Why are the canopy ant communities the most diverse in mid elevations revealed by exploration of over a thousand tropical trees
The study in Ecography investigates the effects of elevation on tropical arboreal ant communities for the first time. It reveals a strong mid-elevation peak in ant species diversity in rainforest canopies, mediated by shifts in the interspecies competition and nesting preferences.
Photo description: Ant species richness increases more rapidly with number of sampled trees in mid elevation (900 m) than in lowlands (200 m) and highlands (1800 m) (Fig. A). One of the main factors explaining this paradox is a decreased interspecies competition within large canopy trees at 900 m in Fig. B (the negative SES value in the bottom, while values > 2 indicate an increased competition). Even more than the richness, the species identity changes: there is only one species Anonychomyrma minuta that occurs in all elevations (ant photo).
While the main drivers of elevational change in communities are climatic, local factors such as habitat complexity may interact with climate to influence the diversity and composition of communities. In the tropics, ants span a wide elevational range, and as ectotherms are sensitive to climate, and are also some of the most ecologically important and abundant invertebrates in rainforest canopies. We studied entire ant communities and their nests in 1254 trees within 0.2 ha forest plots at three elevations in Papua New Guinea, and assessed the effects of tree size, nest microhabitat use and interspecies competition.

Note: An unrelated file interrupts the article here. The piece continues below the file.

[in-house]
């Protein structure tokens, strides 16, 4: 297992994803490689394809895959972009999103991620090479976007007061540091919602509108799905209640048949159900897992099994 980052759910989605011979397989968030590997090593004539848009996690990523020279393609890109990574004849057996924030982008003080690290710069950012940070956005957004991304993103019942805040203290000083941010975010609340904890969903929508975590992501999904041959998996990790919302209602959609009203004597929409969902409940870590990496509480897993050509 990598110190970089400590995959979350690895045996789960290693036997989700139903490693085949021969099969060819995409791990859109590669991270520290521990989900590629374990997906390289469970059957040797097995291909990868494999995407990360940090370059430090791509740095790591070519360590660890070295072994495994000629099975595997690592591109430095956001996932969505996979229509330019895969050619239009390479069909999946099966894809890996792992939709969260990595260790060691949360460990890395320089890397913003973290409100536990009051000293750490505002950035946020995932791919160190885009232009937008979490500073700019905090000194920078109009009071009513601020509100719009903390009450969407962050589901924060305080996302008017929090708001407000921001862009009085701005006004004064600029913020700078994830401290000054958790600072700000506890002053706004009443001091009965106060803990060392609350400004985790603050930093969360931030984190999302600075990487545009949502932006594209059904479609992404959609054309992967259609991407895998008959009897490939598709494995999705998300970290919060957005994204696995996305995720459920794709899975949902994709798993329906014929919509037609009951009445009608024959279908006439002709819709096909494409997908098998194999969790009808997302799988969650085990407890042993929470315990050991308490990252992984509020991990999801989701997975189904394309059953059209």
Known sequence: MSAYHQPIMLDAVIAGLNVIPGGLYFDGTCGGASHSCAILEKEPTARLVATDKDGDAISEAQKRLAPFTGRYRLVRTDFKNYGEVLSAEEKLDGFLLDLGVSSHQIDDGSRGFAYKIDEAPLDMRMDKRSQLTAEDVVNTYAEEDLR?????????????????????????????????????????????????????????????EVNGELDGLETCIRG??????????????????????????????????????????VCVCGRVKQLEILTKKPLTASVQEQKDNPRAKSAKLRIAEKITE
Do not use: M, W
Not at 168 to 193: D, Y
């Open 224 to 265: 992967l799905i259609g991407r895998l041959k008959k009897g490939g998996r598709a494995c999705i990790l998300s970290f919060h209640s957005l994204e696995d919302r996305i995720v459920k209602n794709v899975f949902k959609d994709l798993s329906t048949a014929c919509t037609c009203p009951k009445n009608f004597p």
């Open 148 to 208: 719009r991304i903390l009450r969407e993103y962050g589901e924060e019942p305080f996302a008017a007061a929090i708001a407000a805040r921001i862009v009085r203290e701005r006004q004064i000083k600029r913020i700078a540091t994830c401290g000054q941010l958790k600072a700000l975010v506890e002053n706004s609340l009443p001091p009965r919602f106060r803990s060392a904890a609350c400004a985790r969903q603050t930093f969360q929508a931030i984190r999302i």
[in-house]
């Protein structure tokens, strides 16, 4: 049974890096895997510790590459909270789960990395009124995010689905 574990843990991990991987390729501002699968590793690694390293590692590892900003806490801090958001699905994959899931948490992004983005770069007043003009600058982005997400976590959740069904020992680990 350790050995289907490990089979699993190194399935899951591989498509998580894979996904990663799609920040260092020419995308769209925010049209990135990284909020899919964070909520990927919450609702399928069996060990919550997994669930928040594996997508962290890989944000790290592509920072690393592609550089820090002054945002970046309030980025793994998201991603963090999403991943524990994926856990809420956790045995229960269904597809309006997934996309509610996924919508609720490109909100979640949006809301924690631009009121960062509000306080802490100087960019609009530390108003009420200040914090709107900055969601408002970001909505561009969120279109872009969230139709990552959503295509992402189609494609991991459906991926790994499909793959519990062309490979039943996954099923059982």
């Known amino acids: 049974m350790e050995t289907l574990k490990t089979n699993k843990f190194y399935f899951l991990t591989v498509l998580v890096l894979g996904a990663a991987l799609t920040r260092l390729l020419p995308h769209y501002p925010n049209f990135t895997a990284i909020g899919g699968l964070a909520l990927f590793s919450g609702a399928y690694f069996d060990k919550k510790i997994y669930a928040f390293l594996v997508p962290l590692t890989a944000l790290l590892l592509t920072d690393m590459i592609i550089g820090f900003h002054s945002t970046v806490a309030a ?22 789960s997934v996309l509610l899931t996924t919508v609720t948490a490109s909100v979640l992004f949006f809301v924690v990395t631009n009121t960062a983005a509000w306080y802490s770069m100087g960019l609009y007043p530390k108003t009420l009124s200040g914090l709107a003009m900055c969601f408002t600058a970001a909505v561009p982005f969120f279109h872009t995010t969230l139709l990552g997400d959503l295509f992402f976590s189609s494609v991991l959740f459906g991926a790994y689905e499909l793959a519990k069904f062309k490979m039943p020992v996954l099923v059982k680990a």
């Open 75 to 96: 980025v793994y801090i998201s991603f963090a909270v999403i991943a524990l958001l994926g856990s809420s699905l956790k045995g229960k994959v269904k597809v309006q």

We found a surprisingly strong mid-elevation peak in arboreal ant diversity and nest abundance, rather than a linear decline with elevation (Fig. A). Our analyses revealed a complexity of drivers that mediate this pattern. Microhabitat use was a strong factor in shaping the ant diversity and abundance, in combination with climate and competition. With increased elevation, there was an increased use of more insulated nest habitats (epiphytes, twigs) and a decreased influence of dominant ant species. Our models based on randomisation of the species co-occurrences in trees indicate that this increased use of cryptic nest sites contributed to differential co-occurrence patterns of the ant species between small and large trees (Fig B).
Plowman N., Mottl O., Novotný V., Idigel C., Philip F.J., Rimandai M., Klimeš P. (2020) Nest microhabitats and tree size mediate shifts in ant community structure across elevation in tropical rainforest canopies. Ecography (In press). DOI: 10.1111/ecog.04730